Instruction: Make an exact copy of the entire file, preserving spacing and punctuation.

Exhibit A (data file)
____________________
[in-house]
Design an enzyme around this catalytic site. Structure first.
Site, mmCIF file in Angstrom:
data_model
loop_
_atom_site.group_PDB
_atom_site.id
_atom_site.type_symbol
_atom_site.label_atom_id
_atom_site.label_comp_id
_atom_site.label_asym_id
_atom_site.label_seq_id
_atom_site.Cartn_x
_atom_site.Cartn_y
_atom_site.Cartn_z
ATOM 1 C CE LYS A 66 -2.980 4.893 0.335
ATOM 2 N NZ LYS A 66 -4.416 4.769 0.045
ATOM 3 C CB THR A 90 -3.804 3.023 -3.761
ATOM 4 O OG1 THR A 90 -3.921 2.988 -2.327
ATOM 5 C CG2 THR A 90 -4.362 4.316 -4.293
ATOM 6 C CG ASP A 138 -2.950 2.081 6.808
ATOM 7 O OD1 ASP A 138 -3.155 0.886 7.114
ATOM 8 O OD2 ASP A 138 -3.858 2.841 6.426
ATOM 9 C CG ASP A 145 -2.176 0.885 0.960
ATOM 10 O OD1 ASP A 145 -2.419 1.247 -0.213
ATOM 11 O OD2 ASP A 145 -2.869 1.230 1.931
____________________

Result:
[in-house]
Design an enzyme around this catalytic site. Structure first.
Site, mmCIF file in Angstrom:
data_model
loop_
_atom_site.group_PDB
_atom_site.id
_atom_site.type_symbol
_atom_site.label_atom_id
_atom_site.label_comp_id
_atom_site.label_asym_id
_atom_site.label_seq_id
_atom_site.Cartn_x
_atom_site.Cartn_y
_atom_site.Cartn_z
ATOM 1 C CE LYS A 66 -2.980 4.893 0.335
ATOM 2 N NZ LYS A 66 -4.416 4.769 0.045
ATOM 3 C CB THR A 90 -3.804 3.023 -3.761
ATOM 4 O OG1 THR A 90 -3.921 2.988 -2.327
ATOM 5 C CG2 THR A 90 -4.362 4.316 -4.293
ATOM 6 C CG ASP A 138 -2.950 2.081 6.808
ATOM 7 O OD1 ASP A 138 -3.155 0.886 7.114
ATOM 8 O OD2 ASP A 138 -3.858 2.841 6.426
ATOM 9 C CG ASP A 145 -2.176 0.885 0.960
ATOM 10 O OD1 ASP A 145 -2.419 1.247 -0.213
ATOM 11 O OD2 ASP A 145 -2.869 1.230 1.931